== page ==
Summary
World Champion Lucas Lepri presents 24 guard passing techniques. These techniques apply to many popular guard positions such as the de la Riva guard, X-guard, spider guard and deep half guard. The production of this set is adequate though the slow-motion replays are tedious and the music annoying. Overall however, a very fine set of techniques from a master guard passer. The very specific nature of this set and the lack of conceptual explanation would mean this is of more use by intermediate to advanced players.


Information
Available from Digitsu website
Cost: $69.95
Length: 180 minutes over two discs
Techniques: 24 (12 per disc)
Language: English
Region code: all regions


Disclosures
I have no business or personal connection with this company.




Preview of one technique:-



Introduction
Lucas Lepri is an elite competitor from Team Alliance. His BJJ Heroes entry notes: "It came as a shock to most of the BJJ community when in 2007 he achieved the biggest victory possible in BJJ in his first year as a Black Belt, the World Champion Title (in 2007)."

If you watch videos of Lepri competing then it is easy to see he possesses a large array of skills from takedowns to submissions. Chief among his impressive skill set are his guard passing abilities. Despite the popularity of many elite competitors to develop ever more tricky guard positions, Lepri seems to have an answer to pass them all...and they are mostly all here in this DVD set.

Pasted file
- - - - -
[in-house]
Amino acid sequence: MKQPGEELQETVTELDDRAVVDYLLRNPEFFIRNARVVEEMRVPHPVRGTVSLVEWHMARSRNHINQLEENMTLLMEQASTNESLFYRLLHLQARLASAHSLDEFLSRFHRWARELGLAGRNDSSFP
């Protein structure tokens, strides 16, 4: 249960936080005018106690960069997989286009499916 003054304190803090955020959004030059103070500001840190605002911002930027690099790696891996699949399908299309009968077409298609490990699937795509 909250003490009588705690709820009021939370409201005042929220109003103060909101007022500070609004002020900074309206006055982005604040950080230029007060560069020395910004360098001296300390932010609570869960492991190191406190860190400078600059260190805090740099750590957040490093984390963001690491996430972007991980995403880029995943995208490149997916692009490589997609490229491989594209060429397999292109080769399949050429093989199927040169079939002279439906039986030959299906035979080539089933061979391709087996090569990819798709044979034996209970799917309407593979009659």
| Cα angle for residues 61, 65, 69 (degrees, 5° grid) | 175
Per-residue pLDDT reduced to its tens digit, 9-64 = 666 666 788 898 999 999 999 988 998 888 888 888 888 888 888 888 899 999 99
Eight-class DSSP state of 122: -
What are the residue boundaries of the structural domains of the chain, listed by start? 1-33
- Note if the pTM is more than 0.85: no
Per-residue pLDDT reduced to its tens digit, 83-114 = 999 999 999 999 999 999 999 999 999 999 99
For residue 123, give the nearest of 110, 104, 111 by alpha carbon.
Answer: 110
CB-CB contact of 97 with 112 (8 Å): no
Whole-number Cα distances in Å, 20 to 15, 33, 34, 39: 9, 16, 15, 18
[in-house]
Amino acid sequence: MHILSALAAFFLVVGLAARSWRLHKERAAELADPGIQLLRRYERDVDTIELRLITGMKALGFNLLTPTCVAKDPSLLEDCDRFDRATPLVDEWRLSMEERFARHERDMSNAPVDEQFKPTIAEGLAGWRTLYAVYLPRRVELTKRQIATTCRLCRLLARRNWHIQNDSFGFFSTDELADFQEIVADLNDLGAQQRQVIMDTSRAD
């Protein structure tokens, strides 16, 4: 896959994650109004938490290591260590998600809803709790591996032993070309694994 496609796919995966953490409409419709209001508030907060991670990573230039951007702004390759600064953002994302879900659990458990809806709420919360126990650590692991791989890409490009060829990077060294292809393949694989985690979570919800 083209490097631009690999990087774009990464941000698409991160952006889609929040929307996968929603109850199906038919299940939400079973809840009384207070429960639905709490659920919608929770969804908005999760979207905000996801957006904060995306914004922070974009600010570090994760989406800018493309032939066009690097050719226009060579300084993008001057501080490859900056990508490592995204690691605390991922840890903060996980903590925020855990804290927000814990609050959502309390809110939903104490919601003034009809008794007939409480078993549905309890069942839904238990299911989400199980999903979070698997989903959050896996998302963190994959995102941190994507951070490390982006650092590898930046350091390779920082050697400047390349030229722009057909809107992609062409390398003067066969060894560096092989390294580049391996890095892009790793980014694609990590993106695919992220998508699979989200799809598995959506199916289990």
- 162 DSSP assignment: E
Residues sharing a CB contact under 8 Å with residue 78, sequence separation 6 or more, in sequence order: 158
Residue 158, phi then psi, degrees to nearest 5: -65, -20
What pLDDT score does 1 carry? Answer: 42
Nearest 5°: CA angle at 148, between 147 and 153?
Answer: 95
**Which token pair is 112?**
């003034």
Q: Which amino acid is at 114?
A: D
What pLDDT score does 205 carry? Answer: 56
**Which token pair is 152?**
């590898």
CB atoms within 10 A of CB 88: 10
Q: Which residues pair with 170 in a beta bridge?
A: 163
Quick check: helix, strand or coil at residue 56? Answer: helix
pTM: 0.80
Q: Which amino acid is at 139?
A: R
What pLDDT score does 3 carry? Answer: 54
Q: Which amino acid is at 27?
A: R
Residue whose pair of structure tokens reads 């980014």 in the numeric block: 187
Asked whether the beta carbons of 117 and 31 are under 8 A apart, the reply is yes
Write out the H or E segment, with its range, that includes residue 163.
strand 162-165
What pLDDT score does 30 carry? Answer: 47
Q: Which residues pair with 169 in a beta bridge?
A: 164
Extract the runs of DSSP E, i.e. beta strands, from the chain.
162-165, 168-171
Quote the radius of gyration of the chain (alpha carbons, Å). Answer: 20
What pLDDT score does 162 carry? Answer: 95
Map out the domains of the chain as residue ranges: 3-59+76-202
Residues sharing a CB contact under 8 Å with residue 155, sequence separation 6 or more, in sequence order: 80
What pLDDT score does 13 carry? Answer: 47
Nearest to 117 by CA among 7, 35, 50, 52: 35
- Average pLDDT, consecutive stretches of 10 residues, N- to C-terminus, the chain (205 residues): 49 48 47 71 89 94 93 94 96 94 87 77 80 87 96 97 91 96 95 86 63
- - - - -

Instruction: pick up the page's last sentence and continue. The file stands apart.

Content
Disc one:
Butterfly Guard Pass
Butterfly Guard Hip Drag Pass
Closed Guard Pass
DLR Guard Leg Smash Pass
DLR Guard Long Step Pass
DLR Guard Knee Slice Pass to Mount
DLR Guard Knee Smash Pass Variation
DLR Guard Knee Smash Pass Variation #2
DLR Guard Pass To Choke
DLR Guard Pass to Arm Trap
DLR Guard Pass to Keylock
Berimbolo Counter to Leg Drag
DLR Guard Single Leg Underhook Pass
DLR Guard Long Sweep Counter to Pass

Disc two:
Half Guard Pass #1
Deep Half Guard Pass #1
Deep Half Guard Pass #2
Reverse DLR Guard Pass #1
Reverse DLR Guard Pass #2
Reverse DLR Guard Pass #3
Spider Guard Pass #1
Spider Guard with Lasso Grip Pass #1
Spider Guard with Lasso Grip Pass #2
Spider Guard Dump Pass to Bread Cutter Choke
Collar Bicep Spider Guard Pass
X-Guard Back Step Pass
X-Guard Sprawl Pass
X-Guard Hip Forward


Production
Each chapter begins with Lepri running through the technique in real time. He speaks good English and his step by step tutorials are easy to follow as he points out crucial details. He's not very audible though, it seems hard to hear him unless you push up the volume - but then the drawback is the ear-splitting background music when the slow-motion replays follow (more about that later.)

1. Real time straight viewpoint